David B. Woods

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David Woods
David B. Woods.jpg
Service/branch United States Navy
RankRear Admiral (lower half)
Commands heldVAQ-132
VAQ-129
CVW-11
Joint Task Force Guantanamo
Strike Force Training Pacific
Awards
  • Defense Superior Service Medal
  • Legion of Merit (two awards)
  • Bronze Star

Rear Admiral (lower half) David B. Woods is an officer in the United States Navy.[1] When Woods was a junior officer he served as a fighter pilot. When he became more senior he specialized in signals intelligence.

Woods tried to impose new, restrictive, monitoring on the privileged attorney-client communication between lawyers defending Guantanamo captives and their clients.[2][3]

In June 2013 documents were made public which had been filed by lawyers for those facing charges before the Guantanamo Military Commissions that challenged Woods's authority to control the clothing their clients wore to court.[4][5] Woods had claimed the clothing he prohibited was, alternately (1) "unsafe"; (2) "culturally inappropriate" or (3) "disruptive".

They had previously challenged his authority to order subordinates to read the privileged attorney-client correspondence.[4]

According to Josh Gerstein, in Politico, Woods had ″clashes″ with officers serving as defense attorneys, including Jeffrey Colwell, with the Office of Military Commissions, which led to Woods early replacement.[6] Woods served close to a year at JTF and left in 2012, and then was assigned Commander, Strike Force Training Pacific.[citation needed]

References[edit]

  1. ^ "Rear Adm. David B. Woods: Commander, Strike Force Training Pacific". United States Navy. Archived from the original on 2013-02-16.
  2. ^ Jane Sutton (2012-01-17). "Guantanamo commander summoned to testify in court". Reuters. Archived from the original on 2013-02-16. The judge, an Army colonel, cannot compel the prison camp commander, a Navy admiral, to change the mail policy. But he could halt the prosecution of an alleged al Qaeda bomber accused of murdering 17 U.S. sailors if he believes the policy violates prisoners' rights to a fair trial or puts defense lawyers in an ethical bind.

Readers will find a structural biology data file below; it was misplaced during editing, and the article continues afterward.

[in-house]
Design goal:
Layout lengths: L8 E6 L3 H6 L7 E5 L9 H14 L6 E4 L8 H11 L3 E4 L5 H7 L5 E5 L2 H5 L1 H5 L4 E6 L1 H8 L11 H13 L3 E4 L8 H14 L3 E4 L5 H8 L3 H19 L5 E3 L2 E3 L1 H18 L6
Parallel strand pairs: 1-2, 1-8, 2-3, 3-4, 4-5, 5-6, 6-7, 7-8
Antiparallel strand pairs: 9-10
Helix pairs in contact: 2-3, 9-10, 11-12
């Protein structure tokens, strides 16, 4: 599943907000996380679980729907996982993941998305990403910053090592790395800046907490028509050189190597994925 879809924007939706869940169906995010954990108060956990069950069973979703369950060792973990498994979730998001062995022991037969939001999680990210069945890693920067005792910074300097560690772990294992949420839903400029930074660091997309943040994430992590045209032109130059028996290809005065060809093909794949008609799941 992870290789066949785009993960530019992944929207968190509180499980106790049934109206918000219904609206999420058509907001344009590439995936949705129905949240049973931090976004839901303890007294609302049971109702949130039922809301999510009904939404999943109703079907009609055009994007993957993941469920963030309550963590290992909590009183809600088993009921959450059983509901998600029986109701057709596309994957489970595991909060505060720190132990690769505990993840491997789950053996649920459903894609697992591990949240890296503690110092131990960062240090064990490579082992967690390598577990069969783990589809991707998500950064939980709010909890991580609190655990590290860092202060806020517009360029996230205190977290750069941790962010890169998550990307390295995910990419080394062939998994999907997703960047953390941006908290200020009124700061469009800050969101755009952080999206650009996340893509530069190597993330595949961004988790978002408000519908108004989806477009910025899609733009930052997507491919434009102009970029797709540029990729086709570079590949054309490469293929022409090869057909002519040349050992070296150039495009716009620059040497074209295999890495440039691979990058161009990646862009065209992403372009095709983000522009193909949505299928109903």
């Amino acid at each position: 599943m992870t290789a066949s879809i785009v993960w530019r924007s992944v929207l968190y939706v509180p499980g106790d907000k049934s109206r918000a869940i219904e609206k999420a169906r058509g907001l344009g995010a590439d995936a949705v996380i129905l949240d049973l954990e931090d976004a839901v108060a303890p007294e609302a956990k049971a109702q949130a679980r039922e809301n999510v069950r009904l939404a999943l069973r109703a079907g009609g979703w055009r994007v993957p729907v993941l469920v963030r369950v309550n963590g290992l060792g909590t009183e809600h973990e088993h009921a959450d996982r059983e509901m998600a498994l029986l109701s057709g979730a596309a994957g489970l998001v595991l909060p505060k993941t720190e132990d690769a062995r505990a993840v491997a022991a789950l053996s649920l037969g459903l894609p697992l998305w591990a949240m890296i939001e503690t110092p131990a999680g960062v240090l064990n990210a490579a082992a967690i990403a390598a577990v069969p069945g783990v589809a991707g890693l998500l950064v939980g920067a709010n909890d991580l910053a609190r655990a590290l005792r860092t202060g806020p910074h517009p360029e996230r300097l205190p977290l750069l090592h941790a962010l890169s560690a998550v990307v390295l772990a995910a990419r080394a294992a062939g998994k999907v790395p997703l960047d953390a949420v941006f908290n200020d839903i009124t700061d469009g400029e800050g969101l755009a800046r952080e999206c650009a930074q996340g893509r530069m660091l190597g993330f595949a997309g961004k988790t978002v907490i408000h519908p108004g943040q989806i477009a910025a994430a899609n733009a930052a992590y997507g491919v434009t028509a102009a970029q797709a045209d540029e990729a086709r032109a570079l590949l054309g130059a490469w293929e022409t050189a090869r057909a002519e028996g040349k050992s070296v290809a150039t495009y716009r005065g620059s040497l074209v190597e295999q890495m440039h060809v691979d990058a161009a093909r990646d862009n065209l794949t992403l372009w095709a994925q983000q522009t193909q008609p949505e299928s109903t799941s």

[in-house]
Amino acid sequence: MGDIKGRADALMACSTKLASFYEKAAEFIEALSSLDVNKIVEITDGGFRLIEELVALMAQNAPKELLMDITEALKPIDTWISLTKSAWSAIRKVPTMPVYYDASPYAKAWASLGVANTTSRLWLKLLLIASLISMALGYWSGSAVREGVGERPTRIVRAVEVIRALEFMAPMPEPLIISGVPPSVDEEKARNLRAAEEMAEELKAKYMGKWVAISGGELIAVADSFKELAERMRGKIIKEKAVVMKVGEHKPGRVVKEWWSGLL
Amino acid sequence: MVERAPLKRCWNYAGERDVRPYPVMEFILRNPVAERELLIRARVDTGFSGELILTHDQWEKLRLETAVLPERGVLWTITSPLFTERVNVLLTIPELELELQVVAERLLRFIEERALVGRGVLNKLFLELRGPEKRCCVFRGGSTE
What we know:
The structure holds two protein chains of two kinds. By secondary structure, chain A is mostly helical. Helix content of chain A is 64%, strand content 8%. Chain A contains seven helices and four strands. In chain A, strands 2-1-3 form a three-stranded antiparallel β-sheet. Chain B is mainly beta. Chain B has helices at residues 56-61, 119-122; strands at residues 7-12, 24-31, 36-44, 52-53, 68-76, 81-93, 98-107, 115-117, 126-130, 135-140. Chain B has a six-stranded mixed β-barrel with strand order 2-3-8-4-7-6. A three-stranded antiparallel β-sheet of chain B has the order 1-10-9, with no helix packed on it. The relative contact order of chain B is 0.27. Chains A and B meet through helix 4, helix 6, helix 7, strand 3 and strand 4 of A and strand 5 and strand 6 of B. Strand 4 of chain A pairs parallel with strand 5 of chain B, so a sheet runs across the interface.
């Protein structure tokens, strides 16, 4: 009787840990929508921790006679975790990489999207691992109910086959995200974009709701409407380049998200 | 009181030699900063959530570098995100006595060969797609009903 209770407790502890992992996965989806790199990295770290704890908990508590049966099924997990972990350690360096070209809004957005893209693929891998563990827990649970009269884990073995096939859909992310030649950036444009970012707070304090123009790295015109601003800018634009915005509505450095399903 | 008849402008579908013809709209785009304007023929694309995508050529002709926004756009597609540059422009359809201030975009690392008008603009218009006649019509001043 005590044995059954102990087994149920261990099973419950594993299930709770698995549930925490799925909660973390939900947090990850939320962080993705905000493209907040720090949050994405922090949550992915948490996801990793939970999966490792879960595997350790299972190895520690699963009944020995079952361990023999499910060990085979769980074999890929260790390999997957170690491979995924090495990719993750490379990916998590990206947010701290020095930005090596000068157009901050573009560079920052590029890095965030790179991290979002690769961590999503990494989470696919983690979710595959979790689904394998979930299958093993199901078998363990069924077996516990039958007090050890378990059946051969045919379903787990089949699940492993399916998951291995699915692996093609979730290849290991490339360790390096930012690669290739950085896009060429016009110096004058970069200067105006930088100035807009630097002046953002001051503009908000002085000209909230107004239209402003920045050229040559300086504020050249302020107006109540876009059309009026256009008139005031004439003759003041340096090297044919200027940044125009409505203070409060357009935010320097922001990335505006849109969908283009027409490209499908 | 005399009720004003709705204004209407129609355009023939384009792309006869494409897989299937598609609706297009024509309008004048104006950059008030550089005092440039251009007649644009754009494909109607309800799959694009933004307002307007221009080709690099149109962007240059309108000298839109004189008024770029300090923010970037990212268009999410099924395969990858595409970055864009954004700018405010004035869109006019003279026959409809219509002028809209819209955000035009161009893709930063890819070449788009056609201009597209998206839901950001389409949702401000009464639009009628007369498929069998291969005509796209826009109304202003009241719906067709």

3. ^ Benjamin Wittes; Ritika Singh (2012-01-18). "Al-Nashiri #8: You've Got Mail–And I'm Going to Read It!". Lawfare. Retrieved 2013-07-10. Judge Pohl says there has been a habeas order on this issue in place since 2008 which has been dealing with the exact same subject matter and which habeas counsel has been complying with.
  4. ^ a b Carol Rosenberg (2012-06-13). "What not to wear — Guantánamo edition". Miami Herald. Retrieved 2019-10-08. Now, lawyers for the five men who face a death-penalty trial are appealing to the chief military commissions judge to stop the camps commander, Rear Adm. David B. Woods, from interfering with their clients’ court wardrobe.
  5. ^ "Khalid Sheikh Mohammed seeks to wear military-style clothing at Guantanamo trial". CBS News. San Juan, Puerto Rico. 2013-06-13. Retrieved 2019-10-08. The detention center commander, Rear Adm. David B. Woods says in an affidavit accompanying the motion that he forbids "excessive clothing" for security reasons because it could allow prisoners to hide contraband more easily or make it harder for the guards to gain control if necessary. Woods also says the prison forbids 'clothing that is inconsistent with the decorum and dignity of a court proceeding whether in the United States or the Middle East, and which could undermine good order and discipline.'
  6. ^ Josh Gerstein (2012-02-14). "Navy moving Guantanamo commander out". Politico. Archived from the original on 2013-02-16. The Navy officer whose management of the Guantanamo Bay prison has led to clashes with defense attorneys will soon be transferred out of his post, the Navy announced Tuesday.

External links[edit]